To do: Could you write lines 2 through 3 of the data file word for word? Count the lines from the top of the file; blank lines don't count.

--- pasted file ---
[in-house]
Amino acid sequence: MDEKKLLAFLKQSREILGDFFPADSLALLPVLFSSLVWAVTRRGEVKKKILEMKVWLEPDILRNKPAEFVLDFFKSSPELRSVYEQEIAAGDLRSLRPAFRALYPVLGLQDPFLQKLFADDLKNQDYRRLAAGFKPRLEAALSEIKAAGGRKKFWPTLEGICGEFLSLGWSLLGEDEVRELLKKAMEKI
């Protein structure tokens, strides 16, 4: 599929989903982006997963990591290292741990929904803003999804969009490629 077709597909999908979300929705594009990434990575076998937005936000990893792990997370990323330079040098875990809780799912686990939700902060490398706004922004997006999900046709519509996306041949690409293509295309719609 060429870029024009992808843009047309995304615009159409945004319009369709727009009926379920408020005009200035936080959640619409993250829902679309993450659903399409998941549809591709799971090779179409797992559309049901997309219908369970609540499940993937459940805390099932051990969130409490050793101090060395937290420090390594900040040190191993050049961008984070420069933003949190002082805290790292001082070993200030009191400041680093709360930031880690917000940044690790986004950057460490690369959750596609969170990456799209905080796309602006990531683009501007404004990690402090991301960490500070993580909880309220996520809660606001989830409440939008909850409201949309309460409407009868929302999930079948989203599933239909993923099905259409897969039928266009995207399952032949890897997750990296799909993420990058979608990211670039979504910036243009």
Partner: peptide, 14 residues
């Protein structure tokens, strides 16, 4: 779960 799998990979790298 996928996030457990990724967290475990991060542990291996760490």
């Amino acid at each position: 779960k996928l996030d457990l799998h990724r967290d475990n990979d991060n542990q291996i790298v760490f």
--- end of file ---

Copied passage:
Amino acid sequence: MDEKKLLAFLKQSREILGDFFPADSLALLPVLFSSLVWAVTRRGEVKKKILEMKVWLEPDILRNKPAEFVLDFFKSSPELRSVYEQEIAAGDLRSLRPAFRALYPVLGLQDPFLQKLFADDLKNQDYRRLAAGFKPRLEAALSEIKAAGGRKKFWPTLEGICGEFLSLGWSLLGEDEVRELLKKAMEKI
């Protein structure tokens, strides 16, 4: 599929989903982006997963990591290292741990929904803003999804969009490629 077709597909999908979300929705594009990434990575076998937005936000990893792990997370990323330079040098875990809780799912686990939700902060490398706004922004997006999900046709519509996306041949690409293509295309719609 060429870029024009992808843009047309995304615009159409945004319009369709727009009926379920408020005009200035936080959640619409993250829902679309993450659903399409998941549809591709799971090779179409797992559309049901997309219908369970609540499940993937459940805390099932051990969130409490050793101090060395937290420090390594900040040190191993050049961008984070420069933003949190002082805290790292001082070993200030009191400041680093709360930031880690917000940044690790986004950057460490690369959750596609969170990456799209905080796309602006990531683009501007404004990690402090991301960490500070993580909880309220996520809660606001989830409440939008909850409201949309309460409407009868929302999930079948989203599933239909993923099905259409897969039928266009995207399952032949890897997750990296799909993420990058979608990211670039979504910036243009």